John Locke (1632–1704), one of the Enlightenment's most representative thinkers, born into a culture increasingly defined by a belief in the verity of empirical science and its procedures, solves the problem of metaphor by rejecting both of its aspects. In An Essay Concerning Human Understanding (1690), Locke holds that the foundations of thought are simple ideas, which are obtained through direct sense impressions. From this perspective, words should refer to things and the most that may be expected of language is that it further discursive "Order and Clearness." As for metaphor and "all the [other] artificial and figurative application of Words Eloquence hath invented, [these] are for nothing else but to insinuate wrong Ideas, move the Passions, and thereby mislead the Judgment" (Locke, p. 508). In order to get at the "true ideas upon which the inference depends," Locke advises that from language one should "strip" the "superfluous ideas" evoked by tropes and figures, and then "lay the naked Ideas on which the force of the argumentation depends, in their due order." Thus confronted with "true ideas" in their natural order, the mind easily perceives the truth of things and their relations (Locke, p. 676).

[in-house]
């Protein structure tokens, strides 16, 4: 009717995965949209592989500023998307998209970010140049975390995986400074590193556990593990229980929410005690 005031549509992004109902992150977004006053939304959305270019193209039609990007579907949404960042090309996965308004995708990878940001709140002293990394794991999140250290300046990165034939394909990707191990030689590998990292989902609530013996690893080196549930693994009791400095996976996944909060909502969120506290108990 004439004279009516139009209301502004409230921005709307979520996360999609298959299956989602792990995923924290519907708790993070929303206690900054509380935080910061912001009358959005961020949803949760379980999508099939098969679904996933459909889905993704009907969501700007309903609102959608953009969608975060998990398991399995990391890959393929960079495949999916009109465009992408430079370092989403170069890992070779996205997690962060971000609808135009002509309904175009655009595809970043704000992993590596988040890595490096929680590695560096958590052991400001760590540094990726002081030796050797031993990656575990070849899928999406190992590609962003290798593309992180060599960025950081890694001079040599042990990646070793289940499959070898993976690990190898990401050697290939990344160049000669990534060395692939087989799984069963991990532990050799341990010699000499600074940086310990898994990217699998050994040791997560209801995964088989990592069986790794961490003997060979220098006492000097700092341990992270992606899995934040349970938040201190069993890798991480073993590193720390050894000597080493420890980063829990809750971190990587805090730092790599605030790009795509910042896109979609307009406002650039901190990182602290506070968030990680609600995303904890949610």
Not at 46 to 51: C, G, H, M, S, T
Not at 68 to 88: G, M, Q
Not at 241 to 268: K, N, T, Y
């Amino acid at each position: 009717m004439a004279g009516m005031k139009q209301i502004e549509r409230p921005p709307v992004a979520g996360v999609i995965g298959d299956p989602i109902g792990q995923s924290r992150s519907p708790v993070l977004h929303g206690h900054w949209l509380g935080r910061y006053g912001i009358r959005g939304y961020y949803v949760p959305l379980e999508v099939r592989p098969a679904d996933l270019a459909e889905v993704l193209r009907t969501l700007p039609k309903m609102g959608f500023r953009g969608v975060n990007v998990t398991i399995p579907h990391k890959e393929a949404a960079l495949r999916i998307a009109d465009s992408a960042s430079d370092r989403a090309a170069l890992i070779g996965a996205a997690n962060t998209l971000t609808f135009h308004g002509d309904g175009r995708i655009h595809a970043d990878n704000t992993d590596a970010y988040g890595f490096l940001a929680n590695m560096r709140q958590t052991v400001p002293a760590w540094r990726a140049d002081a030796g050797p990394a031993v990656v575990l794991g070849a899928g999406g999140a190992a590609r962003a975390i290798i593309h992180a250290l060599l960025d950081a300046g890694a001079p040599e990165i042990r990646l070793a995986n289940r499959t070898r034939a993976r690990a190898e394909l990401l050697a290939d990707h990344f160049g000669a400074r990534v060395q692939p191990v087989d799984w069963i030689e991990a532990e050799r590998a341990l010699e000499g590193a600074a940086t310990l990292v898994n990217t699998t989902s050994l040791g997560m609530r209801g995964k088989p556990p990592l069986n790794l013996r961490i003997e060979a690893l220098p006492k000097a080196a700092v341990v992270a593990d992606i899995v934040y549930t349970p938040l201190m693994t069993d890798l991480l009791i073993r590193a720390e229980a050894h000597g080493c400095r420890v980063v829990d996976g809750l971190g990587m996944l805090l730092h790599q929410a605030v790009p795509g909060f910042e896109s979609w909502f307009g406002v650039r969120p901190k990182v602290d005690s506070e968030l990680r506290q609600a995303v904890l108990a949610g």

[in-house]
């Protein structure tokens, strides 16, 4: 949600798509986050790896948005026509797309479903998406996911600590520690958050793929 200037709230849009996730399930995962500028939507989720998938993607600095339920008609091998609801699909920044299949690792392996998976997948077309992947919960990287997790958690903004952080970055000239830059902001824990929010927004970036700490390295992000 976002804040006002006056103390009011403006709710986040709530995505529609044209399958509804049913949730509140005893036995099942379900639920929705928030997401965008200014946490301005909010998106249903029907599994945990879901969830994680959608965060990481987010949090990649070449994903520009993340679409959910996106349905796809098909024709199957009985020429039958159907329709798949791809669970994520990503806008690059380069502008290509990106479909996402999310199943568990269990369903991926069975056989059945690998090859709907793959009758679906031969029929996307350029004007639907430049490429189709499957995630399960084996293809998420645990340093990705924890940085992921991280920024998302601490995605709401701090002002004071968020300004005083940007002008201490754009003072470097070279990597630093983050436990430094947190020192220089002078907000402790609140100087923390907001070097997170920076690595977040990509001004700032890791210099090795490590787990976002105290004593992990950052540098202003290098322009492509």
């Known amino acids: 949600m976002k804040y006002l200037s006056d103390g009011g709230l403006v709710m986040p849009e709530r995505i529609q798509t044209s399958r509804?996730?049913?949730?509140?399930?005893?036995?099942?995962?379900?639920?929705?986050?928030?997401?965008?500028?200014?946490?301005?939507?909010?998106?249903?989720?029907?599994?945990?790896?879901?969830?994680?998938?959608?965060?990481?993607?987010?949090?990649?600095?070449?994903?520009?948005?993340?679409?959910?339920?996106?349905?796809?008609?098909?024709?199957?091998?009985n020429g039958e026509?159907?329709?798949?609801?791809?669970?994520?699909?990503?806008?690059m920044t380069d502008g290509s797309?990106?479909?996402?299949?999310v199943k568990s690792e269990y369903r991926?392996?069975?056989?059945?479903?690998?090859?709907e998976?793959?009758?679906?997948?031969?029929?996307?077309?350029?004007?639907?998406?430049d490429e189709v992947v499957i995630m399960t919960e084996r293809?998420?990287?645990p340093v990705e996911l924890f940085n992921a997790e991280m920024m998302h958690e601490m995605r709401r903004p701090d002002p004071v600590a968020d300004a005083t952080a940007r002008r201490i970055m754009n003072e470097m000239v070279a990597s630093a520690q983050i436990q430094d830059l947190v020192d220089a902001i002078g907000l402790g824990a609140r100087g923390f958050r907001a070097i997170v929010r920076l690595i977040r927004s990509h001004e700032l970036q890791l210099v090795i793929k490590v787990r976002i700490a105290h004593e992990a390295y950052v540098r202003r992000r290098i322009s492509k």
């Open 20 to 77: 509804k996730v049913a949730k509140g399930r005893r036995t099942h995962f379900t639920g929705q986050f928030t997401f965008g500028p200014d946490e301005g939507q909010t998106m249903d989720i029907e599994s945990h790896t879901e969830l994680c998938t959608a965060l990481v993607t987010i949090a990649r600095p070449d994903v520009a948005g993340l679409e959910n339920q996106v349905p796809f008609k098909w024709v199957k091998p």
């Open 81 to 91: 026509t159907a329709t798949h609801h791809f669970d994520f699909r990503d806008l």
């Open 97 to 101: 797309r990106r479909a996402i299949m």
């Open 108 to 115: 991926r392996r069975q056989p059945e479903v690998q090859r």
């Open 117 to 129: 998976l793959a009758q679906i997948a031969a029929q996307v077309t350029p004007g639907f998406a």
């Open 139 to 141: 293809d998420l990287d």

To Locke, metaphor's enigmatic power to create images and ideas is so corrupting of thought that he entirely exiles it from his model of consciousness and (correct) philosophical process. Of course, neoclassical thinkers, such as Voltaire (1694–1778) and Samuel Johnson (1709–1784), continued to use and productively discuss figured language—but in a context whose emphases denied relativism and forestalled the exploration of categories such as the primitive and the irrational.
Giambattista Vico's (1668–1744) views are a notable exception to the late-Enlightenment outlook and its limited and generally dismissive idea of metaphor. Although not influential in his lifetime, Vico's ideas clearly anticipate aspects of the Romantics' intense interest in and philosophical linking of poetic language, primitivism, and psychological and historical relativism. Vico's thought thus demonstrates both the continuities and differences between Enlightenment and Romantic thinking about metaphor.